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How sweet or savory diets effect future food choices and fullness

Following either a sweet or savory diet can be difficult to maintain as following either one leads to a desire for the other. So by attempting to control intake so rigidly it can backfire leading you to crave what you might have been trying to avoid to begin with. 


The objective of this study was to investigate the effect of taste of a 24-h diet on subsequent food preferences (food choice and intake of specific food categories) and satiety. We used a crossover design, consisting of a 24-h fully controlled dietary intervention, during which 39 healthy subjects consumed diets that were predominantly sweet tasting, savory tasting, or a mixture. The diets were similar in energy content, macronutrient composition, and number of different products used. Following the intervention an ad libitumlunch buffet was offered the next day, consisting of food items differing in taste (sweet/savory) and protein content (low/high) and intake was measured. The results showed that the taste of the diet significantly altered preference for food according to their taste properties (p < 0.0001); after the savory diet, intake of sweet foods was higher than of savory foods. After the sweet diet, savory foods tended to be preferred (p = 0.07). No interaction was seen between the taste of the diet and food preference according to their protein content (p = 0.67). No differences in total energy intake (kJ) at the ad libitum lunch buffet were observed (p = 0.58). It appears that in healthy subjects, taste of a 24-h diet largely affects subsequent food preferences in terms of sensory appetite, whereby savory taste exerts the strongest modulating effect. Taste of a 24-h diet has no effect on macronutrient appetite.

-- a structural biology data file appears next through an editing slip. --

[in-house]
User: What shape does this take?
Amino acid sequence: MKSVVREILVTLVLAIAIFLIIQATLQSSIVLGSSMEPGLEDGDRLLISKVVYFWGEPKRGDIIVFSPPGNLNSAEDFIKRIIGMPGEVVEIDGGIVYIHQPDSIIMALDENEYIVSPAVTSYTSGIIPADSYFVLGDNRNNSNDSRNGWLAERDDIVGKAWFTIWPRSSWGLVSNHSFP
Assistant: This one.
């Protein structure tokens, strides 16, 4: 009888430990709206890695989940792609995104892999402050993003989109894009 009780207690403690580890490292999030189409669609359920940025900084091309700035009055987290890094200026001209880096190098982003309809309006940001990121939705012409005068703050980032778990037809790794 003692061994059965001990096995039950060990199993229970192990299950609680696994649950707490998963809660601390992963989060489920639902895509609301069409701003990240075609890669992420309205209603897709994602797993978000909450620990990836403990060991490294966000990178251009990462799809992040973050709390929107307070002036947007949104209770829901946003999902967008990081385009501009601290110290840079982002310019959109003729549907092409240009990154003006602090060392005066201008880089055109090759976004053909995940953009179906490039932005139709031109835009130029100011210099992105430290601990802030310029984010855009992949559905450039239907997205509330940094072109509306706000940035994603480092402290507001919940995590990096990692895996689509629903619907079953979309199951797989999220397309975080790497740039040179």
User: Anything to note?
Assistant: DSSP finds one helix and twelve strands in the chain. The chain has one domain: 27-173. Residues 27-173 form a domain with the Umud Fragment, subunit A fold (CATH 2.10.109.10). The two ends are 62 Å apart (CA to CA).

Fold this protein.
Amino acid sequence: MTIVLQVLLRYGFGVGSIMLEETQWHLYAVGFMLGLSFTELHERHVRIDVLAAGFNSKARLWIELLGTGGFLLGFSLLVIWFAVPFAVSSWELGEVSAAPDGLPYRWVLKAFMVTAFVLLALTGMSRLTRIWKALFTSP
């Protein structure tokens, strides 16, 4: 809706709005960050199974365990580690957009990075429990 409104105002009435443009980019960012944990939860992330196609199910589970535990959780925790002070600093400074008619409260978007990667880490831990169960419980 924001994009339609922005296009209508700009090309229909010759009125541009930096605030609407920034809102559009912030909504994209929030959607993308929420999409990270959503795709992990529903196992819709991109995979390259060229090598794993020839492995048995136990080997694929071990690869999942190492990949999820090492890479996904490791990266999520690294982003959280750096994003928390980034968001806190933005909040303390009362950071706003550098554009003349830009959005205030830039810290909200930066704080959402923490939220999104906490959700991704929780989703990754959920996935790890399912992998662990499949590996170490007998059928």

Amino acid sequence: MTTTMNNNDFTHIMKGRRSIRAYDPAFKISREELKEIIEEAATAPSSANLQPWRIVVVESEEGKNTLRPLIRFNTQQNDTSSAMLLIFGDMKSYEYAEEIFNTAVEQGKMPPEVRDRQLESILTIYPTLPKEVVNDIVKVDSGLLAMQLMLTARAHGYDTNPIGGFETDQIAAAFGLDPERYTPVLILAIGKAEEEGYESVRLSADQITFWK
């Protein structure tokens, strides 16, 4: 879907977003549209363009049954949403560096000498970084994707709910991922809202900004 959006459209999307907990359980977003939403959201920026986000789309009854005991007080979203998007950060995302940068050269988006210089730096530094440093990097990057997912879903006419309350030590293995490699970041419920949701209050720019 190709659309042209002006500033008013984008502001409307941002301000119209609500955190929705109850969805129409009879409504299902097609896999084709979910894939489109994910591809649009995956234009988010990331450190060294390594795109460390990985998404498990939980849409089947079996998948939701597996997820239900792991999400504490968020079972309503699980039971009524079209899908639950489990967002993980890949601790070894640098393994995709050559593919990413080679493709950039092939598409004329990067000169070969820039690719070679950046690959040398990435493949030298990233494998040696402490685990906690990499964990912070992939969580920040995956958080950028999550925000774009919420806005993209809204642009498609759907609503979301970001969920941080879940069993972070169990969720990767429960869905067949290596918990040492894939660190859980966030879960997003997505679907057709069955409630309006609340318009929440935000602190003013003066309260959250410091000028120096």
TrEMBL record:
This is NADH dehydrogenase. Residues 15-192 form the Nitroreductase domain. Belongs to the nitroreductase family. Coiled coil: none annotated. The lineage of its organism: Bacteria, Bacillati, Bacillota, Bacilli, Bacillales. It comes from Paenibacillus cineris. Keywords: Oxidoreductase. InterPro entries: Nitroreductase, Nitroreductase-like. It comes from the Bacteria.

From Appetite Volume 59, Issue 1, August 2012, Pages 1–8


  • Sanne Griffioen-Roose
  • Pleunie S. Hogenkamp
  • Monica Mars
  • Graham Finlayson
  • Cees de Graaf

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